A ‘new normal’?

Cancer Word Map

Prior to being diagnosed with metastatic breast cancer I took one pill a day for a history of bipolar disease. Thanks to that one little pill I have been able to live a ‘normal’ life free of the intense highs and lows BPD can bring.

The reality is I have been incredibly lucky. Despite an extensive family history of heart disease, high blood pressure, high cholesterol and diabetes, I have beaten the odds. While I have always been a bigger fluffy gal, I have always amazed my physicians. My blood pressure is almost always in the normal range, my blood sugars often more on the low side (how that happens with my diet of Dr. Pepper and Starbucks Frappuccinos I’ll never know!) and my cholesterol numbers are always well within range. My bloodwork always almost perfect.

Being sick has always been foreign to me. I averaged one doctors visit every year or two. While there are some women that deal with urinary tract infections as often as other people get a runny nose, I have had only one in my life. Even though I smoked cigarettes I never had any issues with bronchitis or pneumonia. The worst things I had ever dealt with was a bout of the stomach flu or a nasty cold from time to time. I simply just never had the time to be sick.

That all changed when I was diagnosed with cancer. The yearly/biyearly doctors visits became monthly. The one medication quickly turned into thirteen plus a monthly injection. And I guess this is what they mean by my ‘new normal.’

Pills to combat my cancer. Pills to treat the nausea the cancer medications give me. Vitamins to help strengthen the bones that cancer ate away at. God willing I will be able to manage my cancer through oral medication for years to come. This is what we call a ‘new normal.’ Better living through chemistry, right?

I am one of the lucky ones. These thirteen medications I take each day are successfully beating my cancer into submission (but not remission). The medications have significantly reduced the pain that had debilitated me and made it almost impossible to do something as simple as go to the bathroom.

For so many others, metastatic breast cancer involves mastectomies, ports, chemotherapy and radiation. For them it involves uncontrollable pain, nausea that won’t fade and a diminished overall quality of life. And for these fighters it involves end-of-life decisions at all ages. It doesn’t care whether you are twenty or ninety. No matter the age, no one is safe from this relentless killer disease.

I have mixed feelings about advertisements I have seen for these two metastatic breast cancer medications. It is funny. These ads are not new, however until I was diagnosed they were merely background noise as any other commercials are for me. I was too busy wandering into the kitchen to grab a bowl of chips or a glass of soda. I was too busy sending texts or checking Facebook. Now I seem to see them no matter where I turn.

Cancer in textbook

Whether it is Pfizer’s Ibrance promoting living a ‘new normal’ with metastatic breast cancer or Eli Lilly’s Verzenio helping relentless women fight a relentless disease, both sugarcoat what the disease can become. These advertisements portray it as peppy women living an active life. It shows them going about their everyday life as though nothing were different.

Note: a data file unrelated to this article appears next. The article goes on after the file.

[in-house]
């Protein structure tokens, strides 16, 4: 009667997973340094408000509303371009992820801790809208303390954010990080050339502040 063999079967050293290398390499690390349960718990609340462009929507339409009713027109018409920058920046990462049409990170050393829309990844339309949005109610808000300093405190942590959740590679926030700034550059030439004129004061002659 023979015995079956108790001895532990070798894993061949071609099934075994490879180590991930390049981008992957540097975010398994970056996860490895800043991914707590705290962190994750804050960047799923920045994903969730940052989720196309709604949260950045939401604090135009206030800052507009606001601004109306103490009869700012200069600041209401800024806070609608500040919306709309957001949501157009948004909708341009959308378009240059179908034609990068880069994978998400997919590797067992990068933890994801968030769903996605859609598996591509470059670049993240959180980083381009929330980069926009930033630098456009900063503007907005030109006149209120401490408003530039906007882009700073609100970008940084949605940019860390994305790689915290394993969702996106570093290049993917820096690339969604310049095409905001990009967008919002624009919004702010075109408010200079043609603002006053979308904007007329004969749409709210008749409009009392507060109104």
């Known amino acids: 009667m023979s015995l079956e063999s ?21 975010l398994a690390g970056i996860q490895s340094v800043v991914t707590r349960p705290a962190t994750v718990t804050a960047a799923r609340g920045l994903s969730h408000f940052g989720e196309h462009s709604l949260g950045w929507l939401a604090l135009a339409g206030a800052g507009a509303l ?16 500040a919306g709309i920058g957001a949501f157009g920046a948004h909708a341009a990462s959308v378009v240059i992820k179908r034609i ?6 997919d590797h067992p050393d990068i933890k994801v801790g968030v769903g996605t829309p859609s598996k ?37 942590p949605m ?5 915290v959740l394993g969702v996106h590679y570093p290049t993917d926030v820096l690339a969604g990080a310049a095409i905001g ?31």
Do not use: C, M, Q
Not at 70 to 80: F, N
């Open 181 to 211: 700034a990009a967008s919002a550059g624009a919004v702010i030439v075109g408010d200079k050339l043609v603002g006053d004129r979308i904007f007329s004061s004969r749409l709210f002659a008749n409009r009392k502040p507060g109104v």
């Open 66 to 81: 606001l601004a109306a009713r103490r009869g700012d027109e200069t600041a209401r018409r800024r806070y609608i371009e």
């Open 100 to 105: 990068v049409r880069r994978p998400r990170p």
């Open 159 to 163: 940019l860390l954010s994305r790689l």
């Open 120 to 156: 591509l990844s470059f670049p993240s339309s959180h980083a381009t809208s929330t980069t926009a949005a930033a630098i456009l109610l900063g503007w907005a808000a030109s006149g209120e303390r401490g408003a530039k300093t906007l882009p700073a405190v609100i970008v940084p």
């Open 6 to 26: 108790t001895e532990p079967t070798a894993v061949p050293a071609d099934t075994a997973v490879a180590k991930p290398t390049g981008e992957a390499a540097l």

These advertisements ignore what metastatic breast cancer can become. It ignores the anxious visits to a chemotherapy suites or the uncontrollable nausea it can cause. It glosses over radiation, incredible pain, and ultimately death. These ads further perpetuate the ‘pink washing’ that gives the impression that all breast cancer can be beaten, that in the end we can join the ranks of the survivors.

Ibrance new patient kitI am immensely grateful for the combination of Ibrance and letrozole. I have been incredibly blessed that so far my cancer has responded very well to them. The tumor in my left breast has shrunk to where it is difficult to locate it and my tumor markers have improved dramatically. My ‘new normal’ isn’t that much different than my ‘old normal.’ Once I am cleared to return to work my life won’t be that much different than it was before September 25, 2018.

Even for the lucky ones such as myself, these commercials ignore one other unseen part of the ‘new normal’ life with metastatic breast cancer. Each and every day we wake up and pray today isn’t the day these ‘wonder’ drugs stop working. We pray that they continue to prevent tumor growth. We pray that our ‘new normal’ lasts for many years rather than just days or months.

Warm and fuzzy advertising campaigns can’t change the cold, cruel reality. Metastatic breast cancer is a fight that will never end until a cure is found.

Note: This the first video is an advertisement for Pfizer’s Ibrance (the medication I am currently prescribed) and the second video is for Eli Lilly’s Verzenio, the photo is of the Ibrance new patient starter kit.

Jennifer – Extensive mets to bones. Diagnosed de novo at 43 of ‘unknown cancer’ on 9/25/2018, official diagnosis of metastatic breast cancer with bone metastasis on 10/9/2018. Cancer won’t win. I won’t let it. Life’s too short not to fight for every minute.